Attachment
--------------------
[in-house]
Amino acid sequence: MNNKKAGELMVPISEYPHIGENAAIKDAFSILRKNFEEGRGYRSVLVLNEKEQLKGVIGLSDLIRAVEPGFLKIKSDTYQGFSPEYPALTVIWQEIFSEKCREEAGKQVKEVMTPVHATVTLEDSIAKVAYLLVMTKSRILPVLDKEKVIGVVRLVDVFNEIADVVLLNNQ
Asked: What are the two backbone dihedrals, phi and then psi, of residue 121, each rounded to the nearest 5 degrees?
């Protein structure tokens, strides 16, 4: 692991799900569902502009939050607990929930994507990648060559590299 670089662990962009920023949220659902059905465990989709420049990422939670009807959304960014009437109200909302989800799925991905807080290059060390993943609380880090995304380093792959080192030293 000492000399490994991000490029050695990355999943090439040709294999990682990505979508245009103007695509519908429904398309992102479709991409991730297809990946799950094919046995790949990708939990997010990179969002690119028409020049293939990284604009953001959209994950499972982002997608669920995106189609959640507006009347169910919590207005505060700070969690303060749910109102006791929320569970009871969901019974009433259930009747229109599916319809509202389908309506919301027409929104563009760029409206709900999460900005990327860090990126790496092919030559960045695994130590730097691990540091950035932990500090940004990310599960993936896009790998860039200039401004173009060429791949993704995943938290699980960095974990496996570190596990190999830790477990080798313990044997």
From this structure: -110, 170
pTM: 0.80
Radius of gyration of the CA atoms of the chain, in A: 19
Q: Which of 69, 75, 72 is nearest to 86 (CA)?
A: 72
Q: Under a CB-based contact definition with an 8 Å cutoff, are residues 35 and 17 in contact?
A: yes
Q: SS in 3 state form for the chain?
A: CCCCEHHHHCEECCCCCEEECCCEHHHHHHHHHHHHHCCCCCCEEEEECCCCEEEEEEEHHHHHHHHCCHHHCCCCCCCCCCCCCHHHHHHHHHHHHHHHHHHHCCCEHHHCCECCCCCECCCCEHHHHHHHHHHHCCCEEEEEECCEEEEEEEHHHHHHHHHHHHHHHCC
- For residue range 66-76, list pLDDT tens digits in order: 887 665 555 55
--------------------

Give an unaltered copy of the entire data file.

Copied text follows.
[in-house]
Amino acid sequence: MNNKKAGELMVPISEYPHIGENAAIKDAFSILRKNFEEGRGYRSVLVLNEKEQLKGVIGLSDLIRAVEPGFLKIKSDTYQGFSPEYPALTVIWQEIFSEKCREEAGKQVKEVMTPVHATVTLEDSIAKVAYLLVMTKSRILPVLDKEKVIGVVRLVDVFNEIADVVLLNNQ
Asked: What are the two backbone dihedrals, phi and then psi, of residue 121, each rounded to the nearest 5 degrees?
């Protein structure tokens, strides 16, 4: 692991799900569902502009939050607990929930994507990648060559590299 670089662990962009920023949220659902059905465990989709420049990422939670009807959304960014009437109200909302989800799925991905807080290059060390993943609380880090995304380093792959080192030293 000492000399490994991000490029050695990355999943090439040709294999990682990505979508245009103007695509519908429904398309992102479709991409991730297809990946799950094919046995790949990708939990997010990179969002690119028409020049293939990284604009953001959209994950499972982002997608669920995106189609959640507006009347169910919590207005505060700070969690303060749910109102006791929320569970009871969901019974009433259930009747229109599916319809509202389908309506919301027409929104563009760029409206709900999460900005990327860090990126790496092919030559960045695994130590730097691990540091950035932990500090940004990310599960993936896009790998860039200039401004173009060429791949993704995943938290699980960095974990496996570190596990190999830790477990080798313990044997």
From this structure: -110, 170
pTM: 0.80
Radius of gyration of the CA atoms of the chain, in A: 19
Q: Which of 69, 75, 72 is nearest to 86 (CA)?
A: 72
Q: Under a CB-based contact definition with an 8 Å cutoff, are residues 35 and 17 in contact?
A: yes
Q: SS in 3 state form for the chain?
A: CCCCEHHHHCEECCCCCEEECCCEHHHHHHHHHHHHHCCCCCCEEEEECCCCEEEEEEEHHHHHHHHCCHHHCCCCCCCCCCCCCHHHHHHHHHHHHHHHHHHHCCCEHHHCCECCCCCECCCCEHHHHHHHHHHHCCCEEEEEECCEEEEEEEHHHHHHHHHHHHHHHCC
- For residue range 66-76, list pLDDT tens digits in order: 887 665 555 55